Her favorite part of her job is working with the poor, teaching communities to take care of their animals. She inspires change by showing people that it’s profitable for them to treat their animals well, keeping them healthy and productive. “It is not easy, but I think it is very necessary,” she says.

As long as I can hear and talk, I still defend animals.

De Aluja founded the Donkey Project, in collaboration with the UK’s Donkey Sanctuary, sending teams of veterinarians into the Mexican countryside to provide much-needed medical attention to donkeys, who are used in gruelling labour and receive little food or care for their hooves.

Has she achieved change in animal welfare in the country? “I don’t think so,” she says modestly. Her colleagues disagree. Thanks to de Aluja there is now an ethology department at the university, giving academics and practitioners training in animal welfare. She has been influential in the faculty, which is using the Donkey Project as a model for further outreach work in rural Mexico. Many people look up to her as a leader in Mexican animal welfare. “Do you think I have achieved that?” she asks, surprised. “Well that would be very nice!”

De Aluja hasn’t stopped working for animals since graduating almost 70 years ago, and she has no plans to retire. “If you are convinced of something, even if you retire, I would still go on doing the same sort of work. As long as I can hear and talk, I still defend animals.”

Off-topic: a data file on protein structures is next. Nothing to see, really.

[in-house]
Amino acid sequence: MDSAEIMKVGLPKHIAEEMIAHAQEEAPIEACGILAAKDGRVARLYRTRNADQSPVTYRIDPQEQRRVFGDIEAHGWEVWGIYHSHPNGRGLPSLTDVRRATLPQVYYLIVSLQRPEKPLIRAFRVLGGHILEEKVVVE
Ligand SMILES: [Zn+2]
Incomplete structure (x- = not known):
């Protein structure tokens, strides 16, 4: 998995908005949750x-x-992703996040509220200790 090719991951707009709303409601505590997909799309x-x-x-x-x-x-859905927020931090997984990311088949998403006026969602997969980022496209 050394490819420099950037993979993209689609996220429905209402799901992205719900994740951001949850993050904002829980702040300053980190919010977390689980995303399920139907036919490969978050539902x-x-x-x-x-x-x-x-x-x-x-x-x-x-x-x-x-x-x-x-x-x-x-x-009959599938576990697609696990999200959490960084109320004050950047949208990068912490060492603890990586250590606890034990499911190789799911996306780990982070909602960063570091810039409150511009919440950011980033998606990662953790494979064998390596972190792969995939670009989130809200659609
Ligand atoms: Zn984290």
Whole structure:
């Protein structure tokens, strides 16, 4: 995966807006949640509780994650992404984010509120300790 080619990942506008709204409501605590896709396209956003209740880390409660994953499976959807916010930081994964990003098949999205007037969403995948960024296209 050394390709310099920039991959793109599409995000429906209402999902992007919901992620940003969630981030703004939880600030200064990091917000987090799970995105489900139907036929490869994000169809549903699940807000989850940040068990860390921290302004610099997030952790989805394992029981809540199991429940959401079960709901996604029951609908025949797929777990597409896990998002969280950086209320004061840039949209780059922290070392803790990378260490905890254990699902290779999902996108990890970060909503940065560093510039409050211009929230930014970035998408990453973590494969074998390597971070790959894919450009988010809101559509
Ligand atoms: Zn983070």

Photos by Jo-Anne McArthur. Interview and text by Anna Mackiewicz.


Dulce Ramírez

Dulce Ramírez

“I deeply admire women who have done investigations”


Dulce Ramírez. All photos by Jo-Anne McArthur.

The first time that I meet Dulce Ramírez, I compliment her on her name – Dulce means ‘sweet’ in Spanish. “I am the opposite,” she says resolutely.

Those who know her agree. A colleague described her as “Persistent and tenaciously persuasive.” She’s also undeniably brave and focused. All valuable qualities when you are leading an animal rights organization in Mexico, a country where culture and national identity are so firmly rooted in food. In Mexico, food is about family, history and culture – and it is dominated by meat and cheese.

For Ramírez, it all started 13 years ago when she found a kitten on the patio behind her house. By caring for this kitten, “I began to understand the emotional world of animals, their needs, and their intelligence,” she explains. “I began to search for information and question more and more the relationship of subjugation we impose on other animals.” The more she learnt, the more it became clear to her that she wanted to advocate for animals.

Fast forward to June 2011, when the Spanish government arrested 12 animal rights activists linked to Igualdad Animal (Animal Equality) in Spain, labeling them ‘eco-terrorists’. Hearing this news, Ramírez contacted the founder and president of Igualdad Animal, Sharon Núñez, to express solidarity with the activists. The following year, the Mexico chapter of Igualdad Animal was founded, with Ramírez at the helm.

“The first thing we did was to show how Mexican industrial farming works.”

In the six years since, Igualdad Animal Mexico has achieved big things. Their first campaign brought animal groups in the state of Jalisco together to successfully end the use of animals in circuses. The organization has developed educational programs, petitioned for legislative changes, and conducted corporate outreach, encouraging companies to adopt policies that benefit animals, such as offering more plant-based options.